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Interesting article...

I like her trust in 'Chris from Foxtons', the property flipper, who hopes to pay for his wedding with a smart deal. He sounds ideal as an adviser........

I'm surprised he's not on The Apprentice....

I'm reluctant to take on a £200k mortgage and I earn quite a bit more than she does. I don't know how she thinks she can pay for that. It's not about multiples, it's just comon sense. Years ago, I'd say there was no harm in stretching yourself initially as inflation (particularly wage inflation) would ease the pain fairly quickly, but we don't have that anymore.

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In fact, I am wholly disheartened by how little £200,000 can buy, which is the amount my mortgage can stretch to on £28,000 a year, even with a dizzy deposit of £60,000. A soulless 300sq ft basement studio in W10 is the depressing truth for such an amount. As I am intending to be holed up in my new home for a while and am reluctant to cull all loud, smoking friends who would dwarf it further, I extend my search above £250,000, feeling vertiginous and fearful as I do so.

Maybe she needs to change the area she is looking in then.

2 minutes on RM found this 2 bed place within walking distance of railway and tube stations.

http://www.rightmove.co.uk/property-for-sale/property-16808442.html

Looking at the reductions we've seen on property-bee on this one I reckon the vendor might accept £200k. Notice in the description it mentions "no-chain".

I'm sure any Londoners will be able to advise if such a place is in a safe area.

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I'm reluctant to take on a £200k mortgage and I earn quite a bit more than she does. I don't know how she thinks she can pay for that. It's not about multiples, it's just comon sense. Years ago, I'd say there was no harm in stretching yourself initially as inflation (particularly wage inflation) would ease the pain fairly quickly, but we don't have that anymore.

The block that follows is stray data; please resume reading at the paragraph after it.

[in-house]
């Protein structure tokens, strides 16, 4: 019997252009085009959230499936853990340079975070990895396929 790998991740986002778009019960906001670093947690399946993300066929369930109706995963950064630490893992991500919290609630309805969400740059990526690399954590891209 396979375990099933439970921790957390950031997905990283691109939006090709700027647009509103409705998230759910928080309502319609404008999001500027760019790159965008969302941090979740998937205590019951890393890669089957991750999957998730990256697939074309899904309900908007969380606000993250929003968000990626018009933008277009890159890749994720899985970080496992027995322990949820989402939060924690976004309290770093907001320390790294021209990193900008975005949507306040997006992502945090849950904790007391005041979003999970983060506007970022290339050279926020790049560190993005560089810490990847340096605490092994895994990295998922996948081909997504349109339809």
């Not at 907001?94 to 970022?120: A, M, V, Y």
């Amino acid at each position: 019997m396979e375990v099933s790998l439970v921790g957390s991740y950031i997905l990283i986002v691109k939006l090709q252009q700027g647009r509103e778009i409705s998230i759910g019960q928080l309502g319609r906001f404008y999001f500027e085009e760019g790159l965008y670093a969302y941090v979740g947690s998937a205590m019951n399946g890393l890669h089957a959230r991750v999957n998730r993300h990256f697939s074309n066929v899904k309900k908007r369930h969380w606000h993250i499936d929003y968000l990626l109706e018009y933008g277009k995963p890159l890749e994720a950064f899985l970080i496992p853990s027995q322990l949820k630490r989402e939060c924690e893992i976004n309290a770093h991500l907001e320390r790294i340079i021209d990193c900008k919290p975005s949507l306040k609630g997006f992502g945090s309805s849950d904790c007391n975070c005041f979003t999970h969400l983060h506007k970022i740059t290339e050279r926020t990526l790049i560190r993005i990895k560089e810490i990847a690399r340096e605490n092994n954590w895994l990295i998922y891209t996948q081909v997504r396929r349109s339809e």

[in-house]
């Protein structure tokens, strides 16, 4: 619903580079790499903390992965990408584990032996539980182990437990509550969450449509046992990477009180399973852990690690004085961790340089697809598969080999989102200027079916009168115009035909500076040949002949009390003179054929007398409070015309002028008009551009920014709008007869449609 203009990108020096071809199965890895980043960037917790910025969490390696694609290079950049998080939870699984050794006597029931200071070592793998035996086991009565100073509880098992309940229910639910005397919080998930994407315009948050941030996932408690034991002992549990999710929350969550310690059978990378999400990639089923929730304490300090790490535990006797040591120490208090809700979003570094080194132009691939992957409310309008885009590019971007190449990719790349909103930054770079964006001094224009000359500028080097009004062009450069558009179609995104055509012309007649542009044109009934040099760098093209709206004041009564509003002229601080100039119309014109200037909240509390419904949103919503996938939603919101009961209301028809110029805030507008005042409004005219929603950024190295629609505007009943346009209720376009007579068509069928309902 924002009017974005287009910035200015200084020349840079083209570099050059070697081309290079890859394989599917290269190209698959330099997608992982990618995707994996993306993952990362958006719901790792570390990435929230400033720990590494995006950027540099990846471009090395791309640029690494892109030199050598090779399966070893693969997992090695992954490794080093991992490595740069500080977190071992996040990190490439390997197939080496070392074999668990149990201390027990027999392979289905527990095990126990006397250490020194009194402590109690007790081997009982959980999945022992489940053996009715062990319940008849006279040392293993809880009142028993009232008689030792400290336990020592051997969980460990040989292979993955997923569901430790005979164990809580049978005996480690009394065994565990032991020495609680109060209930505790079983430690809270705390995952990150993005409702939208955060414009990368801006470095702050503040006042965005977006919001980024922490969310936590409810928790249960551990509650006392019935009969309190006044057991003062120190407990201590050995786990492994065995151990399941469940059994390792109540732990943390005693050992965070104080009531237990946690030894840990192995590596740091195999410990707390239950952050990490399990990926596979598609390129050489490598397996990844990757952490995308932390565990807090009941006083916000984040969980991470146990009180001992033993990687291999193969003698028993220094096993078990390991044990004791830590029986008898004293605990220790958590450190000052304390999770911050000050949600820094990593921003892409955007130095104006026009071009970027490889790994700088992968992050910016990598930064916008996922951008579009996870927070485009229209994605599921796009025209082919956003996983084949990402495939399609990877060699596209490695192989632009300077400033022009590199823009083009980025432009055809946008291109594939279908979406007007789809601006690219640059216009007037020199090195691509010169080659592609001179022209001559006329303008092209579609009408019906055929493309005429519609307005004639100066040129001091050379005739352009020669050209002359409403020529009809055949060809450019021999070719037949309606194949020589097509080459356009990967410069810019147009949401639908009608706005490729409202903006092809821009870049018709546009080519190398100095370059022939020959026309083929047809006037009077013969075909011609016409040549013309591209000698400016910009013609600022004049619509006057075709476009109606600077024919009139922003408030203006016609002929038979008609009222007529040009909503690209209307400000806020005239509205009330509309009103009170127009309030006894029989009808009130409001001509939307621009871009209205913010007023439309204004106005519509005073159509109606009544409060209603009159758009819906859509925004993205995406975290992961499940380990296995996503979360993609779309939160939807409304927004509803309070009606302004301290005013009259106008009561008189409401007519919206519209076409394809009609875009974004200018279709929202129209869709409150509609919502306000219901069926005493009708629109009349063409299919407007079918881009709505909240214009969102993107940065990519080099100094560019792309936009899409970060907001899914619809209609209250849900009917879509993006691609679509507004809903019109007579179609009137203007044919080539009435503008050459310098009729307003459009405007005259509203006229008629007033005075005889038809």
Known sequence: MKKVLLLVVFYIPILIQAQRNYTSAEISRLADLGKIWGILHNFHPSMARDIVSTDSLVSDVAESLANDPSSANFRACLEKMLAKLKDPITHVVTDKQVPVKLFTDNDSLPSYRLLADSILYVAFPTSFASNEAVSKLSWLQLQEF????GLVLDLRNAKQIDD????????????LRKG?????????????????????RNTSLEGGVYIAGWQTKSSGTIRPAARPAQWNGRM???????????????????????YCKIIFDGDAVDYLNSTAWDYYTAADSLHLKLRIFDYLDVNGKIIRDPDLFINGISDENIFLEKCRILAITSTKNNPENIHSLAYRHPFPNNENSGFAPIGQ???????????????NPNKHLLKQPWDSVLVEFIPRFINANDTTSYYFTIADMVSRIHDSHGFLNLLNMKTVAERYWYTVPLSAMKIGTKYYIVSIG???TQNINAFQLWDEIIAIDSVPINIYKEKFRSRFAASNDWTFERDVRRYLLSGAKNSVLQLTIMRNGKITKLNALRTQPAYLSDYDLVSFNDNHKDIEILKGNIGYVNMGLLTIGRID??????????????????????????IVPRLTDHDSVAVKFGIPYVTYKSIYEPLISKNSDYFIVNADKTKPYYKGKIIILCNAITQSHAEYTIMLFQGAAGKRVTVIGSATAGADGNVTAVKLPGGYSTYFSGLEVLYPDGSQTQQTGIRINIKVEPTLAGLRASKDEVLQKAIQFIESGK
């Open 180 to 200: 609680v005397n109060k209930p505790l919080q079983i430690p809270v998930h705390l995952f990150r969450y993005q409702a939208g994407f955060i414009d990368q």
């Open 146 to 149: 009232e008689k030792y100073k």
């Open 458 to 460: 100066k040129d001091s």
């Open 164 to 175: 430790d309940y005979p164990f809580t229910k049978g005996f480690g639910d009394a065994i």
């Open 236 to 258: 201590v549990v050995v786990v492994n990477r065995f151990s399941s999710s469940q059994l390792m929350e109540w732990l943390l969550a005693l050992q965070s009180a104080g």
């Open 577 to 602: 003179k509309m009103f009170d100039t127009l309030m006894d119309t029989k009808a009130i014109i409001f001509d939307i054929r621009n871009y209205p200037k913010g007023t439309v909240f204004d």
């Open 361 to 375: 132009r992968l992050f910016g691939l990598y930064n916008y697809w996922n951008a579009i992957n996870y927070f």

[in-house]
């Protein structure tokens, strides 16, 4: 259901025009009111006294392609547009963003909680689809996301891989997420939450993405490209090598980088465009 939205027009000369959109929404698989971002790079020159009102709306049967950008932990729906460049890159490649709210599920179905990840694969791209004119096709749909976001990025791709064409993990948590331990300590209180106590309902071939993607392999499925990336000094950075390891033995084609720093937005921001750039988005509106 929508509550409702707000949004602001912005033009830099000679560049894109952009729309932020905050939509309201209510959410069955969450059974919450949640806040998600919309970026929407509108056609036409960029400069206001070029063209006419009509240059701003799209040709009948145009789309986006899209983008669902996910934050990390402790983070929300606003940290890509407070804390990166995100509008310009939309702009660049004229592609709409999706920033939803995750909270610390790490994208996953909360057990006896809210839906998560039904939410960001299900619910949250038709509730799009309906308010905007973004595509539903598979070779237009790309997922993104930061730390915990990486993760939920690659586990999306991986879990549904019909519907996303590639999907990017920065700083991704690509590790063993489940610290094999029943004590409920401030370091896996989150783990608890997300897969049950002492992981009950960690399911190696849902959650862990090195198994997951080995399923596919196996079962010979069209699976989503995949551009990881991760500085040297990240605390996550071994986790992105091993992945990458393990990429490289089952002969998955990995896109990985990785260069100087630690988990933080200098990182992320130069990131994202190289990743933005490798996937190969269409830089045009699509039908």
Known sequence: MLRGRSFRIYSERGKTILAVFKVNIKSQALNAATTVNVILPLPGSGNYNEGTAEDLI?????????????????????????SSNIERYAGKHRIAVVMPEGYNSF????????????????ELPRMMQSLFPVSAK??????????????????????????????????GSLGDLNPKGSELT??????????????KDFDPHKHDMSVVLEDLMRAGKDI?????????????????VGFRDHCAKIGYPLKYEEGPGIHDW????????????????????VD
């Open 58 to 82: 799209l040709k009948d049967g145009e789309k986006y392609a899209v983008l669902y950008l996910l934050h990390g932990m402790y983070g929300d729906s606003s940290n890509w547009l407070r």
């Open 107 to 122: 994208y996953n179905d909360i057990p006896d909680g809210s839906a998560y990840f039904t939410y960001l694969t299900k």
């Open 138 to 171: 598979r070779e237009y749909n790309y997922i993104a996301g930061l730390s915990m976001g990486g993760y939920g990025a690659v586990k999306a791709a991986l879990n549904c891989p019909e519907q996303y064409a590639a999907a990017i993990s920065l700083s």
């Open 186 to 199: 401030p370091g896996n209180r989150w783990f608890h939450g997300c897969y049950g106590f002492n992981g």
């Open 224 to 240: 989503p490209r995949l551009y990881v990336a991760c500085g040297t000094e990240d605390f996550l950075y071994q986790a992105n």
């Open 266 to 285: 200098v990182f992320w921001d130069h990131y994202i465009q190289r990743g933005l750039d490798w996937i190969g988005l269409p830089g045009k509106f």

I earn around 100K, my mortgage is £160 and that s**ts me out some months, mind you I have a family as well.

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http://www.thisislondon.co.uk/lifestyle/article-23889164-prices-are-supposedly-falling-so-why-does-it-cost-pound-200000-to-get-

It's a panic for me, because while I have a 25 per cent deposit of £60,000, which is fairly high for a first-time buyer, my salary is low at £28,000. Tony says the maximum I could hope for is £125,000, about five times my salary, so I'd be looking for a £195,000 property. I could then get a blood relative to be a guarantor, but even that is harder now with lenders really prying into my parents' financial situation, then mine, to see if I could, in a few years, substantiate the mortgage by myself.

Hmm, unless I am missing something I think she shouldn't bother. Simply because she can't do simple maths.

£60K + £125K = £195K good luck with that.

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What a pure muppet, plus her mortgage is either interest only or on a variable at best!

She sounds like a wannbie property investor! I'm looking forward to hearing about how much that Foxtons tw@t loses on his flip, I can't understand how people can ever think a vase of twigs can add £75k to a property.

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What a pure muppet, plus her mortgage is either interest only or on a variable at best!

She sounds like a wannbie property investor! I'm looking forward to hearing about how much that Foxtons tw@t loses on his flip, I can't understand how people can ever think a vase of twigs can add £75k to a property.

You don't get it do you. It's twigs, in a vase, a vase of twigs. That's worth an extra ten grand right there.